The House’s failure to enact Senate Bill 2 does not mean the General Assembly took no action to solve Kentucky’s public pension crisis.  The Commonwealth will be making an unprecedented contribution of $1.28 billion above the recommended and required contributions to the pension systems.  A move I have been advocating for some time.  But this additional funding does not remove the need for more transparency.

“The most important political office is that of the private citizen.”

– Justice Brandeis


All is not lost. I have lived to fight another day and the retirement systems should remember that the 2017 Session of the General Assembly will be here before they know it.


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Note:  Senator Joe Bowen (R-Owensboro) represents the 8th District including Daviess, Hancock, and McLean counties.  He is chairman of the State and Local Government Committee and a member of the Transportation Committee, the Licensing and Occupations Committee, and co-chair of the Public Pension Oversight Board.  For a high-resolution .jpeg of Senator Bowen, please visit


Commonwealth of Kentucky
Office of Senate President Robert Stivers

For Immediate Release
June 17, 2015
Contact: John Cox
502-564-3120 ext. 202


It has always been the Senate’s position that we will fix the Kentucky Teachers’ Retirement System’s (KTRS) pension problem.  The House Democrats’ solution of pension bonds is not the answer to the problem. A recent study released from Asset Preservation Advisors recommended investors to remain “highly selective” when purchasing bonds issued in our state.

This message comes as no surprise to the Senate Majority Caucus, as we were not willing to accept the $3.3 billion bond proposal from House Democrats proposed in House Bill 4 earlier this year. While we fully acknowledge the Commonwealth’s unfunded liability to KTRS, we were not about to risk further lowering our state’s credit rating by issuing the single greatest debt in the history of the Kentucky General Assembly.

When neither chamber could reach an agreement on House Bill 4, a conference committee was formed. We brought in a representative from the Governor’s Budget Office who said that would be impossible for our state to sell $3.3 billion in bonds in the proposed time of one year and that it would be extremely difficult and risky to sell even $1 billion in bonds. At that moment we knew the original language of HB 4 was no more than a political move by House Democrats, yet we kept working for a compromise.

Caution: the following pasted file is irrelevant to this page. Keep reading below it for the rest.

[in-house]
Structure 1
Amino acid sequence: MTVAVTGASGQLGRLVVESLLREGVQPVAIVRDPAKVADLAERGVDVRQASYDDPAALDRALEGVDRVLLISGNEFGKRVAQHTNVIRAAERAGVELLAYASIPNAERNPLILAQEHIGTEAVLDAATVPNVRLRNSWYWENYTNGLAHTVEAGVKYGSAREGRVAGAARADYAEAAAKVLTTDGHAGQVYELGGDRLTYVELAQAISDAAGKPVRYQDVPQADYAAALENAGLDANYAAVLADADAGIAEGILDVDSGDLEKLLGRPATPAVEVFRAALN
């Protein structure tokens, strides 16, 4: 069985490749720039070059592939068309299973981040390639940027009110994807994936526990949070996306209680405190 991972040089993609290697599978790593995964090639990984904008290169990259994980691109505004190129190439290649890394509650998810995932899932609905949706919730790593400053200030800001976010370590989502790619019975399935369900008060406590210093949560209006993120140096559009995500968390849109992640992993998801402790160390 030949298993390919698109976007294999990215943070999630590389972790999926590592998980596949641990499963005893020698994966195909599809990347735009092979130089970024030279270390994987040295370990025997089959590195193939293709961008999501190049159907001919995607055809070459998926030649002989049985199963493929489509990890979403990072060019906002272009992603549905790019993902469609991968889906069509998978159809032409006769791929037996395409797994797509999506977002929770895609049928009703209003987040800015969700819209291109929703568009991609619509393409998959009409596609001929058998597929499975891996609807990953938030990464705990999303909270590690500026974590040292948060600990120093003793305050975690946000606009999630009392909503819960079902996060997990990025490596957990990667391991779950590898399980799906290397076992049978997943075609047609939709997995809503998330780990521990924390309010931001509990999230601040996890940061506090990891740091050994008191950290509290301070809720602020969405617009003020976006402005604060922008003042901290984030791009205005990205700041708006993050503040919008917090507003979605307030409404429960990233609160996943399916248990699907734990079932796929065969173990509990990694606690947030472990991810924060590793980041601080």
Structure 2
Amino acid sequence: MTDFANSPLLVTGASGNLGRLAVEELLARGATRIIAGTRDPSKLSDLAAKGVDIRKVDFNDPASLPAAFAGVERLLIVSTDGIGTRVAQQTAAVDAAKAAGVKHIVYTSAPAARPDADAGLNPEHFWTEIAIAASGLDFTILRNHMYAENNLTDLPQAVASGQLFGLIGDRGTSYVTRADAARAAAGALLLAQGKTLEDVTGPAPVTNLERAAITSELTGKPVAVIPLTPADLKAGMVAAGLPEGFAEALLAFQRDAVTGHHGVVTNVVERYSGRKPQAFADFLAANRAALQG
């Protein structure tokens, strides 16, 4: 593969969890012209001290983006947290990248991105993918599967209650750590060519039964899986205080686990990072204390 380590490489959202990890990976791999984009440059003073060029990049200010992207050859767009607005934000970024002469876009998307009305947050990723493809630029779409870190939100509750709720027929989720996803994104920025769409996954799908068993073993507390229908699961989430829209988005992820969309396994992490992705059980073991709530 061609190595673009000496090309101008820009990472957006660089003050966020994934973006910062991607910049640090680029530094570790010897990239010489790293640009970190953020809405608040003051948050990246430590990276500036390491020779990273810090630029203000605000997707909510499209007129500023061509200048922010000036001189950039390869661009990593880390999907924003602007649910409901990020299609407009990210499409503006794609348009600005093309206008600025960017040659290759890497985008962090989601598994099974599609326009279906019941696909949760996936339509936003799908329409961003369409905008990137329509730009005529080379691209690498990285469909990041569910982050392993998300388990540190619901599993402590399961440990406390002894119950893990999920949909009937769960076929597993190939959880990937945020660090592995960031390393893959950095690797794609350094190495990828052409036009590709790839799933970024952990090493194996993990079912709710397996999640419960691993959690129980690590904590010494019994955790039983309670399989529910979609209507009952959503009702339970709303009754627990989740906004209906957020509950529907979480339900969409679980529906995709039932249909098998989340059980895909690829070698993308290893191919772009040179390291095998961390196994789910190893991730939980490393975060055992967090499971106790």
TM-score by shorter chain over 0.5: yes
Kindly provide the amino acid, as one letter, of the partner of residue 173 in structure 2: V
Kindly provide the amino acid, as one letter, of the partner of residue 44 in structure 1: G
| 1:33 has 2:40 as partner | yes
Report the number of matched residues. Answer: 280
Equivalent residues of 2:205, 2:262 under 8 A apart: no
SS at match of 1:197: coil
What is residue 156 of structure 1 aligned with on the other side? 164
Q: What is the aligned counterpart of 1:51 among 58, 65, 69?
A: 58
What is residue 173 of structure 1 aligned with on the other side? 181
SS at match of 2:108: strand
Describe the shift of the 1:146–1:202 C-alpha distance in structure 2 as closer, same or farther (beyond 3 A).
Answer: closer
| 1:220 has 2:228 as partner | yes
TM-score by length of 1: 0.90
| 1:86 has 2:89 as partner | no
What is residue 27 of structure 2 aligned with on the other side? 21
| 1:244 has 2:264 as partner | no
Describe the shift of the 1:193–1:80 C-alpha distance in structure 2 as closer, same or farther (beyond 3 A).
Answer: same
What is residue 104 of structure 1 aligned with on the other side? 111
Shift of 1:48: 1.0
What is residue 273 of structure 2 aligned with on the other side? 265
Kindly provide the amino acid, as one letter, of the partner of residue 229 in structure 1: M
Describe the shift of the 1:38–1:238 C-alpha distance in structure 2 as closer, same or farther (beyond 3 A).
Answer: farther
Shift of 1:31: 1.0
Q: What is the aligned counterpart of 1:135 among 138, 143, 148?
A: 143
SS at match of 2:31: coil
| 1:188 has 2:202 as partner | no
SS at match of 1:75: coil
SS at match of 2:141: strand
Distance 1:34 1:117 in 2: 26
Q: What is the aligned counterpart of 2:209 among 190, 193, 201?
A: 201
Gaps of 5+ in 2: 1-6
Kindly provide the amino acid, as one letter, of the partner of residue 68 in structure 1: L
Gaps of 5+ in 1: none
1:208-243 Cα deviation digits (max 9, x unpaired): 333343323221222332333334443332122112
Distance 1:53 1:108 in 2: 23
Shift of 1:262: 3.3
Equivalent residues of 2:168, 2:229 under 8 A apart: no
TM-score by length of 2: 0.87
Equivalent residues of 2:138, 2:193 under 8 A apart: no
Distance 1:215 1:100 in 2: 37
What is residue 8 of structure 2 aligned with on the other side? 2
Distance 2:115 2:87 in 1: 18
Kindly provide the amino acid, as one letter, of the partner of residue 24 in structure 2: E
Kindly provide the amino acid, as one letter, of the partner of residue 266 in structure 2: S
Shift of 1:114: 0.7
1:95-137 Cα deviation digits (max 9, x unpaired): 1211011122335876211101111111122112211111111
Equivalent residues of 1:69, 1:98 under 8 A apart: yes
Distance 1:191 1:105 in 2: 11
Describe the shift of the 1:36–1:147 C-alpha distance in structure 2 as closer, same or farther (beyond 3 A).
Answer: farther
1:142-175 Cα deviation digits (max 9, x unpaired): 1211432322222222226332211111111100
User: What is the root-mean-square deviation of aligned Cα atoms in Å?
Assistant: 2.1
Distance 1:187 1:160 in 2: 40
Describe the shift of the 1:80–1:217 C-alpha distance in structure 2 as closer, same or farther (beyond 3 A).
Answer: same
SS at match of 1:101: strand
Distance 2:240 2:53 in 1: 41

Senate and House Republicans proposed the formation of a task force to analyze KTRS in order to identify systematic changes to make KTRS viable in perpetuity. We also proposed a good faith contribution to KTRS in the form of $50 million identified in the Budget Reserve Trust Fund. This was real money offered to a seriously underfunded system, but unfortunately, House Democrats walked away from our proposal leaving the $50 million on the table.

As recently as the last Legislative Research Committee meeting on June 3, Senate and House Republicans have asked for Gov. Beshear to follow through with our idea of a KTRS Task Force. We desperately need to take action to address our unfunded liability to KTRS, but we also must be responsible to taxpayers across the Commonwealth, which is why a comprehensive analysis is a vital first step to addressing teacher pension concerns.

The Governor has answered our call as he has assembled a “Work Group” for this very issue. We are appreciative to the Governor for realizing the severity of the KTRS problems and for taking some type of action in order to put Kentucky teacher pensions back on the right track.

I will be appointing two Senate members to this work group, whom I will announce in the near future.

This will not be an easy process but rest assured we are committed to our teachers and all Kentuckians and will continue to do what is right for the Commonwealth.


Note:  Senate President Robert Stivers represents the 25th District, which encompasses Clay, Knox, Lee, Owsley, Whitley, Wolfe counties.  He serves as chairman of the Senate Committee on Committees and Rules Committee and the co-chair of the Legislative Research Commission.  Additionally, President Stivers is a member of the Senate Judiciary Committee.  For a high-resolution .jpeg of President Stivers, please visit